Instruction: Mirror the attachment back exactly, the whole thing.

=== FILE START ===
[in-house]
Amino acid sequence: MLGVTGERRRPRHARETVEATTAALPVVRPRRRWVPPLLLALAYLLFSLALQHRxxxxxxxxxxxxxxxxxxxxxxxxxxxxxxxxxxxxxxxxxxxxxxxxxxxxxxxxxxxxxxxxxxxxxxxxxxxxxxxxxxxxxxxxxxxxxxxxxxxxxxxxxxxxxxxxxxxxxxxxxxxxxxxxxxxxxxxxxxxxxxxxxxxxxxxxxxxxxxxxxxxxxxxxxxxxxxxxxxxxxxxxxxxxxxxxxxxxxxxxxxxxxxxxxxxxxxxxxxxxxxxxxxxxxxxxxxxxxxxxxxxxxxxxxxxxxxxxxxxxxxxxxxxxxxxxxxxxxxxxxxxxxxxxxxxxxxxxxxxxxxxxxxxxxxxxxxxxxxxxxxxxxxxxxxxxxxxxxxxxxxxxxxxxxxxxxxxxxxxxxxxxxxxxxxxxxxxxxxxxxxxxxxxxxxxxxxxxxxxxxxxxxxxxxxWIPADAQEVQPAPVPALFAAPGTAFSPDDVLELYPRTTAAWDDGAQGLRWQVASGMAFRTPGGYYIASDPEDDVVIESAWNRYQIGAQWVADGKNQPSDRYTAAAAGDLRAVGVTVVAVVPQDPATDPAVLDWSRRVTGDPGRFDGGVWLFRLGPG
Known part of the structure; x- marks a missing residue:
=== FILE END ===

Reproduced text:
[in-house]
Amino acid sequence: MLGVTGERRRPRHARETVEATTAALPVVRPRRRWVPPLLLALAYLLFSLALQHRxxxxxxxxxxxxxxxxxxxxxxxxxxxxxxxxxxxxxxxxxxxxxxxxxxxxxxxxxxxxxxxxxxxxxxxxxxxxxxxxxxxxxxxxxxxxxxxxxxxxxxxxxxxxxxxxxxxxxxxxxxxxxxxxxxxxxxxxxxxxxxxxxxxxxxxxxxxxxxxxxxxxxxxxxxxxxxxxxxxxxxxxxxxxxxxxxxxxxxxxxxxxxxxxxxxxxxxxxxxxxxxxxxxxxxxxxxxxxxxxxxxxxxxxxxxxxxxxxxxxxxxxxxxxxxxxxxxxxxxxxxxxxxxxxxxxxxxxxxxxxxxxxxxxxxxxxxxxxxxxxxxxxxxxxxxxxxxxxxxxxxxxxxxxxxxxxxxxxxxxxxxxxxxxxxxxxxxxxxxxxxxxxxxxxxxxxxxxxxxxxxxxxxxxxxWIPADAQEVQPAPVPALFAAPGTAFSPDDVLELYPRTTAAWDDGAQGLRWQVASGMAFRTPGGYYIASDPEDDVVIESAWNRYQIGAQWVADGKNQPSDRYTAAAAGDLRAVGVTVVAVVPQDPATDPAVLDWSRRVTGDPGRFDGGVWLFRLGPG
Known part of the structure; x- marks a missing residue: